Today’s national accounts data show an economy in low gear, but with growing productivity and broader-based sources of growth than we’re used to, say Crikey writers Glenn Dyer and Bernard Keane.
The Australian economy is stuck firmly in low gear after the third successive quarter of growth of 0.6% (quarter-on-quarter and up 0.5% on a trend basis), according to the latest national accounts data from the Australian Bureau of Statistics this morning. In fact it’s now a year of growth at this level because the September quarter of last year recorded quarter-on-quarter growth of 0.5%. The market had been forecasting a 0.5% rise (seasonally adjusted).
The data show seasonally adjusted growth was 2.6% in the 2012-13 financial year (and 2.5% on a trend basis, which is designed to smooth out the lumpy seasonally adjusted data). Looked at annually, growth slowed noticeably from the 3.1% in the September 2012 quarter to the latest rate, which is well below the long-term growth in the economy of around 3%.
The reason for the modest growth rate isn’t hard to find — the national accounts reveal that the savings ratio remains high at 10.8% seasonally adjusted and 10.7% on a trend basis. It has been at or around this level now for three years or more as consumers and companies deleverage and build up their cash reserves. That’s resulted in over half the country’s mortgage holders paying off their loans faster than they have to (to take advantage of the record low interest rates) and Australian companies building up a cash pile of more than $105 billion at June 30 — but it’s bad news for sectors like retail, which have marked time, although it’s never been as bad as big retailers have tried to make out.
The ABS said that growth for the quarter was driven by a 0.2% contribution from household final consumption and a similar contribution from changes in inventories. Finance, mining and construction drove growth, with finance contributing 0.2% to GDP. Terms of trade increased 0.1% in the quarter, but they’re down 4.9% seasonally adjusted over the year. State final demand grew in most states except Victoria, where it was flat, and as usual in Tasmania, although Tasmania’s -0.3% was a smaller decline than usual.
The overall growth picture is thus slow, but at least it’s broad-based.
The ABS said that the June quarter 2013, seasonally adjusted compensation of employees rose 1.0%, and the seasonally adjusted number of employees in the labour Force survey rose 0.3%. Average compensation per employee increased 0.5%.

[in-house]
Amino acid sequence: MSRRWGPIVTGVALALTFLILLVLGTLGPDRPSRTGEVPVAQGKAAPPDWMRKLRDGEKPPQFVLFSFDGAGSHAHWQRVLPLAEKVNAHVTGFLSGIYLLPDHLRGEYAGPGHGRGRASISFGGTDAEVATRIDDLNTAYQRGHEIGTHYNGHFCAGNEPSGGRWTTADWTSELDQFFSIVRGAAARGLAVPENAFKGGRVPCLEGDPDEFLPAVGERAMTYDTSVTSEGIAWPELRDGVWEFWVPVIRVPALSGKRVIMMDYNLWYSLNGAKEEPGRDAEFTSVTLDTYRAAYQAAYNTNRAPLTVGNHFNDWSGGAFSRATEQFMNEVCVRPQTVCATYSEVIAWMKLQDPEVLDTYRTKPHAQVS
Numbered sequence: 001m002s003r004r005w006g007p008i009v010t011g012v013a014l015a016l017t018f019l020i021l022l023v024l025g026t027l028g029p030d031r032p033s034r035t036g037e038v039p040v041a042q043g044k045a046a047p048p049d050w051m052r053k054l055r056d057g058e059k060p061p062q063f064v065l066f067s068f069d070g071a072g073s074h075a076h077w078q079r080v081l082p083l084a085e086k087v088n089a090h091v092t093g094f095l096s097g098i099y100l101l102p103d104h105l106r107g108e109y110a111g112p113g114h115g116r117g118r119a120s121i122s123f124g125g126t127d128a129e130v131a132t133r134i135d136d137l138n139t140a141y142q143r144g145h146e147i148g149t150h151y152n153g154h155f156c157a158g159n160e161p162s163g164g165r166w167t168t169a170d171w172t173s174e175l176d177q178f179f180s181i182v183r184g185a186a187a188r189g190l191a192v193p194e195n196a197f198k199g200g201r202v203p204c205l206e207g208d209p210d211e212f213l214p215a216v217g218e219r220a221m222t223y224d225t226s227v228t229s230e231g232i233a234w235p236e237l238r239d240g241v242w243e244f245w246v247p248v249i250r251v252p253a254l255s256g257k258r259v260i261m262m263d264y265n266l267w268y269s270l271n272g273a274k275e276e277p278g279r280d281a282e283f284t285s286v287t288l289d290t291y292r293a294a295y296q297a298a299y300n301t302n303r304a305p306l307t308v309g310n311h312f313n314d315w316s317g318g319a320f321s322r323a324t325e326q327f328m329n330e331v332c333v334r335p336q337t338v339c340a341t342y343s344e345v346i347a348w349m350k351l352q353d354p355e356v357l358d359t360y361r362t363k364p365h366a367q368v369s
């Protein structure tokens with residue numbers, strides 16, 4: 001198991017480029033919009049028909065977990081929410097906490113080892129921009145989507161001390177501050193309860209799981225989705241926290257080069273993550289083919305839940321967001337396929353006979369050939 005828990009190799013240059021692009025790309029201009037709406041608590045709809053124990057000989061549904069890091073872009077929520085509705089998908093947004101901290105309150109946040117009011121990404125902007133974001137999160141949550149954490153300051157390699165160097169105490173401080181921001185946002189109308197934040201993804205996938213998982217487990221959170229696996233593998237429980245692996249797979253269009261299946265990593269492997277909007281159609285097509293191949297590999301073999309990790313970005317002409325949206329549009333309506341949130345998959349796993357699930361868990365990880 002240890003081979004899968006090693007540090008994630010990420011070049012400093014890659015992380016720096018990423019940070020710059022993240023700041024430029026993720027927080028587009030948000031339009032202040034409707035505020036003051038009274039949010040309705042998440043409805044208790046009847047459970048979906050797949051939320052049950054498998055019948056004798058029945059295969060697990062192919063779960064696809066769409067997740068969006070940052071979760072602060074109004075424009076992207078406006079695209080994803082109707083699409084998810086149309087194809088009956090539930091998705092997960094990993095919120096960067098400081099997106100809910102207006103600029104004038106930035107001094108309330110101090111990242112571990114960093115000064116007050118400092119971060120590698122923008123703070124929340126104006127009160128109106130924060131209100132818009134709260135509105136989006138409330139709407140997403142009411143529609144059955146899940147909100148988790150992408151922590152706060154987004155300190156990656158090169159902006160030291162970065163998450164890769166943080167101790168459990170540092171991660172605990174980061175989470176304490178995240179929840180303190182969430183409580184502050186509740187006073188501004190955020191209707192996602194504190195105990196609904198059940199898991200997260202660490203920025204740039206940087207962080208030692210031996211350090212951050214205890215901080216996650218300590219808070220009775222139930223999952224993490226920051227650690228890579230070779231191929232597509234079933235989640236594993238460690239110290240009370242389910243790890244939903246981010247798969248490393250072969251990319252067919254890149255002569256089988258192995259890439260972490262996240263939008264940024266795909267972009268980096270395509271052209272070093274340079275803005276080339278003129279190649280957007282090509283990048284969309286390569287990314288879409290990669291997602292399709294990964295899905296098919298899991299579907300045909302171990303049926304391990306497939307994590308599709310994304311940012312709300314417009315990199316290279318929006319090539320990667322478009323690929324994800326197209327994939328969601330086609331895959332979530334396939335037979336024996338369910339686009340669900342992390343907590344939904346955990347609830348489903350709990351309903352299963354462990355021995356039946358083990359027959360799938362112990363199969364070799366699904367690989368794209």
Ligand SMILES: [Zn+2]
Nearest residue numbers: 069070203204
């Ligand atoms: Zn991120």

And labour productivity again rose. While the Coalition, business and even Labor talk about the need to fix productivity, Australian businesses have continued to get on with the job of improving it. GDP per hour worked rose 0.2% in the quarter (in trend terms) and 1.7% through the year to June. Gross market value added per hour of work (roughly, private sector productivity) rose 0.5% in the quarter and 2.3% through the year. Real unit labour costs fell 0.9% in the year to June and 0.8% for non-farm workers.
The flat growth affirms the Reserve Bank’s decision on Tuesday not to cut rates and its neutral bias, which means, barring a disaster offshore, there won’t be another rate cut for some time, if at all. And if house prices continue their recent escalation — especially in the huge Sydney market — then we might be hearing about “rate rise looms‘“in early 2014. Inflation is also not a concern — the private consumption price deflator rose 1.9% in the year to June, while other measures were also weak — so much for Opposition Leader Tony Abbott’s carbon price “python squeeze”.
The result confirms that the Coalition’s economics brains trust is right to back away from any firm commitments on fiscal policy: as of Saturday night, this is likely to be the Coalition’s economy, and it’s not about to surge back into the sort of growth the Coalition was able to exploit before the financial crisis. Having spent years deriding Labor for being unable to manage the economy, suddenly the Coalition has to make economic judgments for real. And it’ll be a lot harder than issuing a media release and calling a presser.